Title : Perceptions and determinants of partnership trust among hispanic participants in a culturally relevant health promotion organization (PASOs) in South Carolina
Trust is difficult to conceptualize and define because of its diverse applications in different disciplines. The development of relationships based on trust is a central principle in academic/practice community partnerships. Though the measure of public trust in health care organizations has been studied, the conceptualization and evaluation of public trust in Community Based-Participatory Research (CBPR) partnerships is under-investigated. CBPR is a collaborative approach to research that can reduce historic mistrust and health disparities among minority populations. For this qualitative study, we modified Dietz and Den Hartog’s (2006) Multi-dimensional Measure of Trust Model to investigate contextual factors that influence perceptions and development of partnership trust in collaborative partnerships pursuing reducing health disparities in U.S. Latino communities. We conducted focus groups and qualitative key informant interviews with stakeholders of a Latino health promotion organization. This qualitative study incorporated some CBPR principles in its design. It builds on an existing academic-community partnership between a university and a community-based organization (CBO) that provides support services and promotes healthy lifestyles among Hispanic families and communities in South Carolina. Data gathered was used to identify types of trust based on a selected typology (Lucero, 2013), used in the context of CBPR partnerships. Stakeholders reported different types of trust depending on their role, and length of time of organizational involvement. We identified determinants of partnership trust among stakeholders, including organizational, socio-economic, and cultural determinants. Partnership trust differed from less strong types of trust (i.e., neutral, and functional trust in a county where the organizational programming only has about 1 year of development), to stronger types of trust (i.e., critical reflective trust in a county where the organizational programming has 10 years of development). Trust in CBPR partnerships does not always begins as a deficit, and a partnership can begin at any type of trust. Thus, reflecting why in our study sample, regardless of the county (length of organizational programming development), participants did not report “unearned” trust. This study also offered the participant community-based organization’s leadership valuable information to understand interaction dynamics among their stakeholders with the purpose of increasing effectiveness in their efforts to provide collaborative and culturally appropriate health promotion services to Hispanic communities. We are using study findings for developing a culturally and linguistically relevant quantitative instrument to measure partnership trust as an outcome of CBPR in minority communities.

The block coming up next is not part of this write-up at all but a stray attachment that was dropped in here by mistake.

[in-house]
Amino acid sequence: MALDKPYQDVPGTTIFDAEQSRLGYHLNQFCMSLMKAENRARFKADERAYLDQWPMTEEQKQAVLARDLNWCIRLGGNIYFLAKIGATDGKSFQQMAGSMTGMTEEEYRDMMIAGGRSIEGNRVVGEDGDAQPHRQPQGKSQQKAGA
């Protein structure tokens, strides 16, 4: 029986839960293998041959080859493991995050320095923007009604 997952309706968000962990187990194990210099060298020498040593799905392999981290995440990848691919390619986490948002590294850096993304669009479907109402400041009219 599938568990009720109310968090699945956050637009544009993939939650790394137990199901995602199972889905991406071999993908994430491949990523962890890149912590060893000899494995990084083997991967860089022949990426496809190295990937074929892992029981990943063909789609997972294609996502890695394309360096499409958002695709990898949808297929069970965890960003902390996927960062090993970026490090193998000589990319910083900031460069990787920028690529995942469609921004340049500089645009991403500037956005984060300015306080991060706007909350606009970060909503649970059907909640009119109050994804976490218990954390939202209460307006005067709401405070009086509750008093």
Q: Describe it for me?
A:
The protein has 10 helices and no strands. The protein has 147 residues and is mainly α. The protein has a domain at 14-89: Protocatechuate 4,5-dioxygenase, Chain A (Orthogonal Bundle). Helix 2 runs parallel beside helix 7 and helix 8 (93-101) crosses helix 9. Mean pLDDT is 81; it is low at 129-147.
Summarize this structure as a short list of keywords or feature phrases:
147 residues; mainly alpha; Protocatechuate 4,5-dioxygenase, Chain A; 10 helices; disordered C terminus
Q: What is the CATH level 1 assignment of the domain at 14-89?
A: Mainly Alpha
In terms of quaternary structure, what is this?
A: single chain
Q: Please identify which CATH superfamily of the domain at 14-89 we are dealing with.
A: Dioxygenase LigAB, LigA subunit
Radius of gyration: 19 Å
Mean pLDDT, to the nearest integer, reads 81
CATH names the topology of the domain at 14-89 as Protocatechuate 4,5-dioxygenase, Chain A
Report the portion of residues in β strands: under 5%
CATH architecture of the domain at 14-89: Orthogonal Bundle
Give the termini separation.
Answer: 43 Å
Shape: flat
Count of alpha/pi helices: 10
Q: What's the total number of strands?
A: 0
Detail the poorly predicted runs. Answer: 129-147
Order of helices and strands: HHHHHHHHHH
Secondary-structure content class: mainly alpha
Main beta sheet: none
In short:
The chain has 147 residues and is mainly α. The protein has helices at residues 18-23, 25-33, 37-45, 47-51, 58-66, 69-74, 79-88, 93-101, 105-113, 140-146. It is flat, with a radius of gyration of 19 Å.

Audience Take Away:
• The use of community-based participatory research approaches to explore outcomes of health promotion and disease prevention initiatives targeting Hispanic minority communities in the U.S.
• The conceptualization of partnership trust as an outcome of community-engaged health research and interventions targeting Hispanic communities.
• The role of culture as a determinant of trust in partnerships, in addition to organizational and socio-economic determinants.
• Learning from an example on how a community-academic partnership could be used to enable communities and academic institutions to engage each other in partnerships that balance power, share resources, and work towards systems change. Participants could use what they learn from this case-example in either reviewing existing partnerships they are involved in, or developing new partnerships to increase their effectiveness in assisting minorities in improving their health and well-being.
• How to use a qualitative approach to initiate development of a quantitative instrument to access outcomes of community-engaged research and interventions for disease prevention and health promotion.
• How to incorporate community-engaged practices into their health care delivery and promotion efforts targeting minority populations, and in particular Hispanics